No, he's here for his ability to hedge on a screen 35-feet away from the hoop and push that frightened little point guard into an ineffective spot on the floor. You can almost feel the point guard's growing fear as this 6'8 240 chiseled specimen speedily shuffles his feet laterally, with bulging eyes and a primal roar. And it worked. Sure, he picked up a "few" fouls, but it was also a rarity to see the ball-handler turn the corner. We've seen a lot of great defenders over the past few years, but NO ONE has hedged as well as Aboya.
2. Michael Roll
Okay, so this post may have been instigated by last night's heroics. But trust me, this appreciation has been brewing for a long-time.
I like guys who play the game the right way. They may not be the greatest athletes, but they understand the game of basketball and what they need to do to give their team the best chance of winning. And Mike Roll is the epitome of these characteristics.
Can Mike Roll carry a team? No. Is he a go-to scorer? Probably not. Is he a great team player? Hell yes. He really has been blessed with only one truly great talent (which I'm sure he's honed incessantly) -- shooting, and one pretty above-average trait -- passing. But he's not really bad at anything. He's a solid on-ball defender; he's a great help defender. He takes good angles. He spaces the floor well, he positions himself defensively well. He may currently be our best passer.
I don't really know why I like Mike Roll so much. I can't pinpoint any singular reason. But I love watching him play. He plays basketball the way it was meant to be played.
I have two decorations in my office: a UCLA mini-basketball hoop, and a "Road to the Alamodome" Final Four towel signed Mike Roll #20. That's pretty much all I need.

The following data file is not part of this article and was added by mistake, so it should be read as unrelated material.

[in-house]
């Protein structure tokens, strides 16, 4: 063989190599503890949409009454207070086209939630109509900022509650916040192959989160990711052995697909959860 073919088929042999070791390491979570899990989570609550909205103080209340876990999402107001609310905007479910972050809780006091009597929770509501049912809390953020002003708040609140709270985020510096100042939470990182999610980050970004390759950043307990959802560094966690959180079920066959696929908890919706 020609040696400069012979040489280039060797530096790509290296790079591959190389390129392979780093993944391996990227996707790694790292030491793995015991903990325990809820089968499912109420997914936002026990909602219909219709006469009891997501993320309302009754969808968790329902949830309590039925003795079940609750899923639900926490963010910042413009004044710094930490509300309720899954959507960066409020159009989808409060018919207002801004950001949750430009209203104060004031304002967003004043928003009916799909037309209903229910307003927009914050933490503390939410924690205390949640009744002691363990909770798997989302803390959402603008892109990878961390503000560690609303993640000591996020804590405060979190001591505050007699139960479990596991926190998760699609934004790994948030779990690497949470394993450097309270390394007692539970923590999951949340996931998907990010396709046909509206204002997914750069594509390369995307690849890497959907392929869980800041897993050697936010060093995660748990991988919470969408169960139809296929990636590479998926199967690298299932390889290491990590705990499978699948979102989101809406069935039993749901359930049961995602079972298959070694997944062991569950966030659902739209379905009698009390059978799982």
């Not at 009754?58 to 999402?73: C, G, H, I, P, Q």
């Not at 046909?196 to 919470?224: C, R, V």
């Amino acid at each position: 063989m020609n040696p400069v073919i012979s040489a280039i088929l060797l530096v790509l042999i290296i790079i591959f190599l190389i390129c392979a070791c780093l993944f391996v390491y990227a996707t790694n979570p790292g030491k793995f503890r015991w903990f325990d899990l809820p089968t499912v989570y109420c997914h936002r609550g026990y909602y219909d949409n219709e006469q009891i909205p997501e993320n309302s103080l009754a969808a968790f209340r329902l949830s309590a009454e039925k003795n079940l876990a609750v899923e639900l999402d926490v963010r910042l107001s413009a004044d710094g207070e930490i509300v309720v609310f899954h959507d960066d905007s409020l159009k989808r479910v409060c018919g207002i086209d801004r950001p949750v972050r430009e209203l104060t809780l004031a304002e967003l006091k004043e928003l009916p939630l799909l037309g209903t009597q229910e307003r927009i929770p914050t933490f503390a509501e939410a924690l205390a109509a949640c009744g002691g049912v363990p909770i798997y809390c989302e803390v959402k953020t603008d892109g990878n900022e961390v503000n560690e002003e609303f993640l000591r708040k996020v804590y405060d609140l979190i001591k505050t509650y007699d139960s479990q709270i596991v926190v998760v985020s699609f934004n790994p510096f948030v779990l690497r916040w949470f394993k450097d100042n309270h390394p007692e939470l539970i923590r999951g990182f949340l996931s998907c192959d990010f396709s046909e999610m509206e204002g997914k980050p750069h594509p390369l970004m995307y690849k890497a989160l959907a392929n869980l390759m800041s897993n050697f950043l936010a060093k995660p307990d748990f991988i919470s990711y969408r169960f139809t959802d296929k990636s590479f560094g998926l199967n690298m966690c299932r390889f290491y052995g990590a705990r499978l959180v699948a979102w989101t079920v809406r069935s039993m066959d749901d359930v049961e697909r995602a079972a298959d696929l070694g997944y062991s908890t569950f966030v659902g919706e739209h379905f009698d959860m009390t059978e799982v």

1. Arron Afflalo
I don't know how it's possible to not put Arron Afflalo in your top three from the past 5.5 years.
He's not the most athletic guy. I mean, I was starting to suspect he couldn't dunk because he would never do it in-game (fast break!... layup.). His go-to move off the bounce was drive right, get cutoff, pass the ball out, run off a screen, and knock down a jumper. He's kind of short for a 2-guard. He doesn't handle the ball very well for a guard.
But does that guy bust his tail. Effort, effort, effort. Effort defensively, effort offensively. No single player has embodied Ben Howland as well as Arron Afflalo has. He wins games. He wins fans. He gives a damn.
Not that our players nor most college athletes are bad people, but I feel like they are held to a different standard. Understandable -- it's all relative, right? But when everyone who interacts with Afflalo, from Howland to Dohn, proclaims him to be their favorite? Well, that counts for something.
Let me put it this way. As a steady NBA fan, I went about 12 years between "favorite players." My last one infamously choked a coach as but one hiccup in the magnificent recent history of the Golden State Warriors. So pardon me for being a little jaded. But it took me until this year, when I watched Afflalo bottle up Kobe in Denver and take only 4-5 shots on a trigger-happy Nuggets team, that I realized what I'd known all along: Arron Afflalo is the man.
Honorable Mentions: Kevin Love's prodigious backside and sealing ability, Luc Richard Mbah a Moute's near-instant double team, and (sure, hate me for it) Jrue Holiday's passing ability.